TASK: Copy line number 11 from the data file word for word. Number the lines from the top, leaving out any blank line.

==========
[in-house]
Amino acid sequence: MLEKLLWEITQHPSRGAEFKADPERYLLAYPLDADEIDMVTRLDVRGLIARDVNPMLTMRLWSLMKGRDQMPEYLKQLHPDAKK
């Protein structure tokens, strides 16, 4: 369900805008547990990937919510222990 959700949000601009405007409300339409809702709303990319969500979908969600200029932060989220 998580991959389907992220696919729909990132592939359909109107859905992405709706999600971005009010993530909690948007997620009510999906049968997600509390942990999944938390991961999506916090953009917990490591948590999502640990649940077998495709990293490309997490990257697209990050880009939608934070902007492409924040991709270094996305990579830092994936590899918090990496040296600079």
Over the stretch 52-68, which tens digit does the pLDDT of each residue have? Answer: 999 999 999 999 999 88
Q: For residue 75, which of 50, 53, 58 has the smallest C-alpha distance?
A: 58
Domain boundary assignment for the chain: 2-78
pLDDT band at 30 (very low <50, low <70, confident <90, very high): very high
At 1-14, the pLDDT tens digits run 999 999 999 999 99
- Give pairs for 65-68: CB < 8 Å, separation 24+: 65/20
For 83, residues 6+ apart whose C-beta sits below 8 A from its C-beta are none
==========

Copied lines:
For 83, residues 6+ apart whose C-beta sits below 8 A from its C-beta are none